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NPR's signature morning show, with news updates from the BBC at the top of each hour.  Also, a local daily almanac at 5:49 and 8:49, what's for lunch in the San Francisco public schools at 6:49 (during the school year), and daily commentary from Jim Hightower at 7:49.   Enjoy the Crosscurrents Morning Report from KALW News Tuesday through Friday at 8:51, a Dispatch from Kolkata from Sandip Roy on Wednesdays at 7:35, and 99% Invisible at 7:35 on Fridays.

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2:00am

Tue August 7, 2012
Sports

India's Olympic Effort Faulted

Originally published on Wed August 8, 2012 11:39 am

Transcript

STEVE INSKEEP, HOST:

Now, as we cover the Olympics, some of you have asked for spoiler alerts, but for this next report that is probably not necessary. NPR's Mike Pesca is taking us inside the world of India's men's field hockey team. We're not too worried about spoilers. Not just because most Americans don't care much about field hockey, but because the Indian squad has done a pretty good job itself of spoiling things. As Mike reports, the team's record tracks with the overall state of the Indian Olympic effort.

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1:03am

Tue August 7, 2012
Politics

Will Tea Party Star Marco Rubio Get GOP VP Nod?

Originally published on Wed August 8, 2012 11:39 am

Sen. Marco Rubio, R-Fla., listens at left as Republican presidential candidate Mitt Romney speaks in Aston, Pa., in April. Republican leaders from Jeb Bush to John McCain have touted Rubio for vice president.
Jae C. Hong AP

Among the Tea Party successes in the 2010 congressional elections was U.S. Sen. Marco Rubio of Florida. He is now one of those on Republican presidential candidate Mitt Romney's short list of possible running mates.

For any political party, Rubio would be worthy of consideration for vice president or a higher office. He's smart, good-looking and charismatic. The Cuban-American is a plus for Republicans, a party that polls show has been losing ground with Hispanics.

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12:27am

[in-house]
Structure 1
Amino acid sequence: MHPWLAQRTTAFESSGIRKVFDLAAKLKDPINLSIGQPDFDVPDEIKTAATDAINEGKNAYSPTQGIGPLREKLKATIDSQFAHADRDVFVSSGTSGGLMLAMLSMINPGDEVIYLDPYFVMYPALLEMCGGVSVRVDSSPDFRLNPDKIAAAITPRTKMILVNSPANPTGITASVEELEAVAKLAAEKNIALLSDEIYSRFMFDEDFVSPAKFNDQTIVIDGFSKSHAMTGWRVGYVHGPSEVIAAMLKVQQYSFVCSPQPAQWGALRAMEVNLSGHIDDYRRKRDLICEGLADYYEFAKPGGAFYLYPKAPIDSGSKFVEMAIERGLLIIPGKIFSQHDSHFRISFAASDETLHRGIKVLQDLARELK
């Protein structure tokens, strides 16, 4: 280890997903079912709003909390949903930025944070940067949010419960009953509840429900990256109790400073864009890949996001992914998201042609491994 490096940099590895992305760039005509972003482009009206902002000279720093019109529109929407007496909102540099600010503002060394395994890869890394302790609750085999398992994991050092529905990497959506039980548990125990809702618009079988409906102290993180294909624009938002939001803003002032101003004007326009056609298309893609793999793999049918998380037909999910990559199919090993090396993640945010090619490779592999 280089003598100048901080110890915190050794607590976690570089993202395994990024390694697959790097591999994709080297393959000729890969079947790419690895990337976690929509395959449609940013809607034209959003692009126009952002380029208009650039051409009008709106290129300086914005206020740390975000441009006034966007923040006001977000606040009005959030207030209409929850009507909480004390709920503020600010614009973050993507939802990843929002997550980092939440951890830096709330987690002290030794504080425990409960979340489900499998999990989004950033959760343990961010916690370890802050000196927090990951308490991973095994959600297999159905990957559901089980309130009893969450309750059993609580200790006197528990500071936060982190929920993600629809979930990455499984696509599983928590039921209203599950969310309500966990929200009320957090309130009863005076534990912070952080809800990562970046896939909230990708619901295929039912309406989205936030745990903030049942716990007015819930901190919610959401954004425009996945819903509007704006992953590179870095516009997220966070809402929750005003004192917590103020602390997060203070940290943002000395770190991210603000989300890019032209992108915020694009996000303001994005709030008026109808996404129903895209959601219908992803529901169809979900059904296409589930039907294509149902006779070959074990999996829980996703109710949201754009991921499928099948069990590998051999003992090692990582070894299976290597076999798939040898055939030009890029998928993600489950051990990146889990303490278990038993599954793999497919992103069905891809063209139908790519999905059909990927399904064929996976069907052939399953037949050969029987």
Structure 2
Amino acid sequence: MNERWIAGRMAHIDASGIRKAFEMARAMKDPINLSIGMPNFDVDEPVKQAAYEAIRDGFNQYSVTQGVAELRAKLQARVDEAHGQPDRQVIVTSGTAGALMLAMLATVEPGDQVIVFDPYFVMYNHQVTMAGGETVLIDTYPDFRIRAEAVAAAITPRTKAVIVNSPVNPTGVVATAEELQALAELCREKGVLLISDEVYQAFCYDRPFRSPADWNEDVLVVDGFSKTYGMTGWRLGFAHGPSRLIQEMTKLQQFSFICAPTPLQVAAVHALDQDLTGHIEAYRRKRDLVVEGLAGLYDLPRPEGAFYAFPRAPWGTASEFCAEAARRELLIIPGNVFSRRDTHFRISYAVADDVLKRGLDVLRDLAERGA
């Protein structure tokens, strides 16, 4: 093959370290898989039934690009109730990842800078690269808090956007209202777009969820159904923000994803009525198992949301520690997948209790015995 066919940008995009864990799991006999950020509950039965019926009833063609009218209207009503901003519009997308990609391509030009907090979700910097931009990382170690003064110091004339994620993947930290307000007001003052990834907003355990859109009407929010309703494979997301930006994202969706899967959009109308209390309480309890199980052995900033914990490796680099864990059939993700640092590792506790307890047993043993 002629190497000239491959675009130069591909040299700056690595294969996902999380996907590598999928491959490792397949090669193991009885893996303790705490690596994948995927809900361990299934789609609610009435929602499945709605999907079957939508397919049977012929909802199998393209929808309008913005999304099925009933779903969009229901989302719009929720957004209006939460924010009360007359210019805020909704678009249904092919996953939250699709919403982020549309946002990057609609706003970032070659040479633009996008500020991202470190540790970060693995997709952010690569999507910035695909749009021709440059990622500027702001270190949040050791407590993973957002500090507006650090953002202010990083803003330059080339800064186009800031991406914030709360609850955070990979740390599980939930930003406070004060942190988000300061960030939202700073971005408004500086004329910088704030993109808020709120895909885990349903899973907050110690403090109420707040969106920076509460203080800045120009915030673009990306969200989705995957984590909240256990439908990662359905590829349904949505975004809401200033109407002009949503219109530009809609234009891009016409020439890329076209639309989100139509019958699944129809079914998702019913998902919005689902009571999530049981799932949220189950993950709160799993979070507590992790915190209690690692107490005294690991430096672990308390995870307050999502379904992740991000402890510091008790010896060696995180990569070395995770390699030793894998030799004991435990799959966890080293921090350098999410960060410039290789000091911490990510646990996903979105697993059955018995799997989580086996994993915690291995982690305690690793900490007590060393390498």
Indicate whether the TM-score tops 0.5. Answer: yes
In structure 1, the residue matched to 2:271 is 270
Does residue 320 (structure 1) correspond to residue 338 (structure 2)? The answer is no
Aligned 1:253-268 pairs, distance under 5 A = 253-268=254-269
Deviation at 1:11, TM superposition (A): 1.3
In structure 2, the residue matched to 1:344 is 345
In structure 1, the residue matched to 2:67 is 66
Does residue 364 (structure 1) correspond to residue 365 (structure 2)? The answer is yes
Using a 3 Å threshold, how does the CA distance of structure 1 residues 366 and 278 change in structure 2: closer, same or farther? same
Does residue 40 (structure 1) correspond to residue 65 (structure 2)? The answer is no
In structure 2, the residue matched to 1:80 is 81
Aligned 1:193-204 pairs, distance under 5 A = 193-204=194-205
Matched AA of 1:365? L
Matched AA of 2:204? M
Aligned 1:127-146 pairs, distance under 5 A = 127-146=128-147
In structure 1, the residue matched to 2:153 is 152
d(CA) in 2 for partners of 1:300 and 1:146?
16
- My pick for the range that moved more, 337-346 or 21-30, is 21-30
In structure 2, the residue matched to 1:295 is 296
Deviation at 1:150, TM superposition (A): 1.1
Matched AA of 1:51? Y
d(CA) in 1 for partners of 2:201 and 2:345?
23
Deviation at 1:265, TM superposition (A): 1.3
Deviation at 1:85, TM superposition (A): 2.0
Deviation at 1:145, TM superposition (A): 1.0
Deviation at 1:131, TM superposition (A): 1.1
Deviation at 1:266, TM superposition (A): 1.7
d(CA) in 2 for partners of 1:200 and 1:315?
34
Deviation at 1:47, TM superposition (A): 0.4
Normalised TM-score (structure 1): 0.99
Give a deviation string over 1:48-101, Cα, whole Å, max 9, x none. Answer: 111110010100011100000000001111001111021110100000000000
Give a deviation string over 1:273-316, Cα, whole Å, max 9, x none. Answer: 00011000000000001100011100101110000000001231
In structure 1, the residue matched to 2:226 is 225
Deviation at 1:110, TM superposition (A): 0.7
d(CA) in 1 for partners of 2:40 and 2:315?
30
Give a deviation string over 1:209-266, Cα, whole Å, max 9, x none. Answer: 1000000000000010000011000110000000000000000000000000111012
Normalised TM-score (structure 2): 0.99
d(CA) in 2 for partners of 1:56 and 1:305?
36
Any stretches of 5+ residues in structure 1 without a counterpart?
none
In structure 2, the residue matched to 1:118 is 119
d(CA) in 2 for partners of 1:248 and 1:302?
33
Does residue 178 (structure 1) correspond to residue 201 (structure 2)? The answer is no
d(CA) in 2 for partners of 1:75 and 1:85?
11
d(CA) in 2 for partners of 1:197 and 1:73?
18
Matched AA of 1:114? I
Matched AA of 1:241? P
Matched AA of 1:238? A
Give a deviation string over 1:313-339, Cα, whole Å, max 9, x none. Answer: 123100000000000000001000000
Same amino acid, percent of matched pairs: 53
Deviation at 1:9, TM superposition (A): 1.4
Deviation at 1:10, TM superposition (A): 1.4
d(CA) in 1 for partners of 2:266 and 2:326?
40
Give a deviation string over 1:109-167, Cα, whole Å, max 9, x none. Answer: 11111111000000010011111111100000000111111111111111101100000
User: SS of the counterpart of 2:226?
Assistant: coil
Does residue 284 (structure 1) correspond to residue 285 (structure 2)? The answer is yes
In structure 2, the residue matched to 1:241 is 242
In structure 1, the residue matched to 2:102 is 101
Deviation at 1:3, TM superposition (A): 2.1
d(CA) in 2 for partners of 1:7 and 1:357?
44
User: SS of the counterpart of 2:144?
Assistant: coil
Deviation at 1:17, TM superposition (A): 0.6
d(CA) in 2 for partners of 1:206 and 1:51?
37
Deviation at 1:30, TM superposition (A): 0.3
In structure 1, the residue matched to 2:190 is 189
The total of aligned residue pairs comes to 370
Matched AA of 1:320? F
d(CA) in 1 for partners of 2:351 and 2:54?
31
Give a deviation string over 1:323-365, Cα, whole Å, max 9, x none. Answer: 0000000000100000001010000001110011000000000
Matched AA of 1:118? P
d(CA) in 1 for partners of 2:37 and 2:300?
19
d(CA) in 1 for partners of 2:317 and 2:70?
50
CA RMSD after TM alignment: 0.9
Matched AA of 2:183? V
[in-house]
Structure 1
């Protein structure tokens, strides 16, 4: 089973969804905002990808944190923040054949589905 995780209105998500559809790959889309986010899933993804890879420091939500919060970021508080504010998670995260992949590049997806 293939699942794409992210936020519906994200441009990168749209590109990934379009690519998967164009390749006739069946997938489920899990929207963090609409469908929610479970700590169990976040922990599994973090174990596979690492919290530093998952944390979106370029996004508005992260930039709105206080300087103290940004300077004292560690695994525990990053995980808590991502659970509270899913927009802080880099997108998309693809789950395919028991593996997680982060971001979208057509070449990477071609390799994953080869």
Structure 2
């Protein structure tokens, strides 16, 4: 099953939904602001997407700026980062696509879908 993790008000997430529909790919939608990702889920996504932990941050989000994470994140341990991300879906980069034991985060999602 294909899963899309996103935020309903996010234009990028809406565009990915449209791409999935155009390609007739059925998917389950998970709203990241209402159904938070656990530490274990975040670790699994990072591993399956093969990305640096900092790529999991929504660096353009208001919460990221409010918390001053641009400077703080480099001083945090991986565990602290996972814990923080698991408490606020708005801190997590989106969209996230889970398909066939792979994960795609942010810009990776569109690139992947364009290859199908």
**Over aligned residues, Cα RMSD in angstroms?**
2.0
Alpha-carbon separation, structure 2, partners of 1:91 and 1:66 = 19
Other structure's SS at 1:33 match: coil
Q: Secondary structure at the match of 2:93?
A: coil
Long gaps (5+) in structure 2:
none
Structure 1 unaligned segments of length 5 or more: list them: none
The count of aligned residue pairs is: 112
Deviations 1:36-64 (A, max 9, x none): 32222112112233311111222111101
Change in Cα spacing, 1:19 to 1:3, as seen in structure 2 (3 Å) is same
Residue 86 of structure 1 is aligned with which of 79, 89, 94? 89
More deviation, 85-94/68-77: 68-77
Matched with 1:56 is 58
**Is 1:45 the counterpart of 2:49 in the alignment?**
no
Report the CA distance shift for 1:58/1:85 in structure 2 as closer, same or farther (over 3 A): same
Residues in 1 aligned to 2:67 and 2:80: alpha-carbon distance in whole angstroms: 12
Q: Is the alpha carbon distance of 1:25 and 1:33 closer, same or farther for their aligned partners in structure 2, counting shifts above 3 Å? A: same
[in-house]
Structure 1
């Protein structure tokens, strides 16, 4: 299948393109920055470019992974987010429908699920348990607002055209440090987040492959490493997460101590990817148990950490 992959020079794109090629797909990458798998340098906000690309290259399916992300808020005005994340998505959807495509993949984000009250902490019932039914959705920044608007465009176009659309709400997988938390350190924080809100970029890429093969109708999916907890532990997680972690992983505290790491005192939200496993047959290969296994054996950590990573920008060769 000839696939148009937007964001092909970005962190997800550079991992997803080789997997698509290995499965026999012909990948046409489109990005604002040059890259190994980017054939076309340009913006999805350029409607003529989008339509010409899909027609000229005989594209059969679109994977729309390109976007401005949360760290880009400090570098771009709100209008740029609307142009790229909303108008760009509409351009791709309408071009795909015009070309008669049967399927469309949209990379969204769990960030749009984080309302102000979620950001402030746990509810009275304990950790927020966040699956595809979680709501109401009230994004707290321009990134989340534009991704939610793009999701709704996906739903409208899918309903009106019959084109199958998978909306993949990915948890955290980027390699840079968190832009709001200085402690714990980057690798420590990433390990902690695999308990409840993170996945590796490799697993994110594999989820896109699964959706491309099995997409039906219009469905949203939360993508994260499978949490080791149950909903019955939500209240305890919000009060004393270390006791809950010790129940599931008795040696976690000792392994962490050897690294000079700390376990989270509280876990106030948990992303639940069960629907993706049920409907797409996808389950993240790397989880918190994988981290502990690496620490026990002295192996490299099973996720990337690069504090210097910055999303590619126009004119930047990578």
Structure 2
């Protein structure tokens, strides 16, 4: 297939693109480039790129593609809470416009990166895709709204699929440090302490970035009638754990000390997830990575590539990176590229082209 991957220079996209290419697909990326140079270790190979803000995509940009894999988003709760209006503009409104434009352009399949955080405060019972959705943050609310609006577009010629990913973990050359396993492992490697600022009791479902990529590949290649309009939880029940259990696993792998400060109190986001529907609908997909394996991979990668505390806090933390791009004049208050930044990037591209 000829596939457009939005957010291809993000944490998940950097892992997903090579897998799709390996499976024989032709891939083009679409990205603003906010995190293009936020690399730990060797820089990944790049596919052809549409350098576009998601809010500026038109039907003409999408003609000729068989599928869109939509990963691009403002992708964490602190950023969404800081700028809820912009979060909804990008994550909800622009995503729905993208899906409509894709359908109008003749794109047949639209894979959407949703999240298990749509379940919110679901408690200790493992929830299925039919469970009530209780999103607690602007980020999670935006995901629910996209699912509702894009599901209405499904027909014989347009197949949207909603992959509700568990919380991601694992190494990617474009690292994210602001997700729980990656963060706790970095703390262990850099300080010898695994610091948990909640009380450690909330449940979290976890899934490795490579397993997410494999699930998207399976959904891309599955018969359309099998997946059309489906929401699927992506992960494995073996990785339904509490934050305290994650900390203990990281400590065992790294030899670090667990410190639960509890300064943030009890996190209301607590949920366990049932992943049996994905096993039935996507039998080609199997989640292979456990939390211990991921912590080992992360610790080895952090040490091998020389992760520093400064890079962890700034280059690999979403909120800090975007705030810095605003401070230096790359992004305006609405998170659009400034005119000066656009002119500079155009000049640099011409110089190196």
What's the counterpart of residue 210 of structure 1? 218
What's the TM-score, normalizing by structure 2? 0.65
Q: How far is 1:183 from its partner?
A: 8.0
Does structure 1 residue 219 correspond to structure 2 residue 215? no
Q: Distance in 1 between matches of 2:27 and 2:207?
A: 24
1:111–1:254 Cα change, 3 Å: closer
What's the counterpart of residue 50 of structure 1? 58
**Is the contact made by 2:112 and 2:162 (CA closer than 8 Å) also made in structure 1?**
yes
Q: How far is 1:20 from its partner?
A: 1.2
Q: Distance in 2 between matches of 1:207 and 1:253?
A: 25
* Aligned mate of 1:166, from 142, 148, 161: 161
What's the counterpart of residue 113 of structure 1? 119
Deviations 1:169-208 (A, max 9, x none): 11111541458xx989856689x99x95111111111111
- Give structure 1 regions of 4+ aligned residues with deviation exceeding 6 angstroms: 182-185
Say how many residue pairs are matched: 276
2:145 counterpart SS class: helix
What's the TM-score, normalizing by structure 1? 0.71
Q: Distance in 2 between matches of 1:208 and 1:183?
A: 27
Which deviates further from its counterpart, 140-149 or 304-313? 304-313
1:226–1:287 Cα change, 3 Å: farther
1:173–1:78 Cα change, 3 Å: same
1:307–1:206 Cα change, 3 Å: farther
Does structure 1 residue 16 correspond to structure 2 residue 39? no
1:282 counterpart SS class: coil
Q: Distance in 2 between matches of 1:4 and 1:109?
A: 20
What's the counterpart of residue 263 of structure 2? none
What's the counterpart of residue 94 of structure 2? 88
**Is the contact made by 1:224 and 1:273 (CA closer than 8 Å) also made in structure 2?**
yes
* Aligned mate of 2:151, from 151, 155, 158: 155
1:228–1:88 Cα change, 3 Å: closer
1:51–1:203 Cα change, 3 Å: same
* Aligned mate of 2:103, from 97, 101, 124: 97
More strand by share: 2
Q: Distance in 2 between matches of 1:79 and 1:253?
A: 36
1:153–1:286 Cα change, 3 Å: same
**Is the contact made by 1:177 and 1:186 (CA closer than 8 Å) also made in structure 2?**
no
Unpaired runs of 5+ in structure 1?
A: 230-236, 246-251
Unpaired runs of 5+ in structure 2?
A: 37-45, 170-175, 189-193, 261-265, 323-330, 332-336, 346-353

Tue August 7, 2012
World

Growing Pains: Nations Balance Growth, Power Needs

Originally published on Wed August 8, 2012 11:39 am

Muslim girls study by candlelight inside a religious school in Noida, near New Delhi, on July 31. The collapse of three regional power grids last week caused a massive power outage that blacked out more than half of India.
Parivatran Sharma Reuters /Landov

It may take some time to pinpoint the exact cause of India's massive blackouts last week, but the underlying issue for India and many other parts of the developing world is that supply is struggling to keep up with the growing demand for power — an imbalance that can affect the reliability of electric grids.

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12:26am

Tue August 7, 2012
World

Pakistan Blackouts Power Frustration At Government

Originally published on Wed August 8, 2012 11:39 am

Tangled power lines in a busy shopping district in Rawalpindi.
Lauren Frayer for NPR

In India last week, surprise grid failures plunged more than half the country into darkness. But power outages in neighboring Pakistan have been intentional — the result of summertime energy rationing.

Despite billions of dollars in U.S. aid, Pakistan has been unable to keep the lights on. Now the situation is getting worse, with riots erupting over factories forced offline.

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12:26am

Tue August 7, 2012
Election 2012

Older, Tougher — But Will The Tea Party Be Stronger?

Originally published on Wed August 8, 2012 11:39 am

Ted Cruz, Republican candidate for the U.S. Senate, speaks at a rally organized by the Tea Party Express in San Antonio in May.
Hernan Rozemberg AP

The 2010 elections were a coming of age for the Tea Party, with big gains in Congress and in statehouses. As 2012 approached, the movement was looking for similar success. Then came this year's GOP presidential primaries, with no surviving Tea Party favorite.

Polls showed public support for the movement falling off significantly after several nasty showdowns in Congress. But the Tea Party remains a force in many states. Its favored candidate for the U.S. Senate won big in Texas last week, sending the strongest signal yet that the movement will be a factor this fall.

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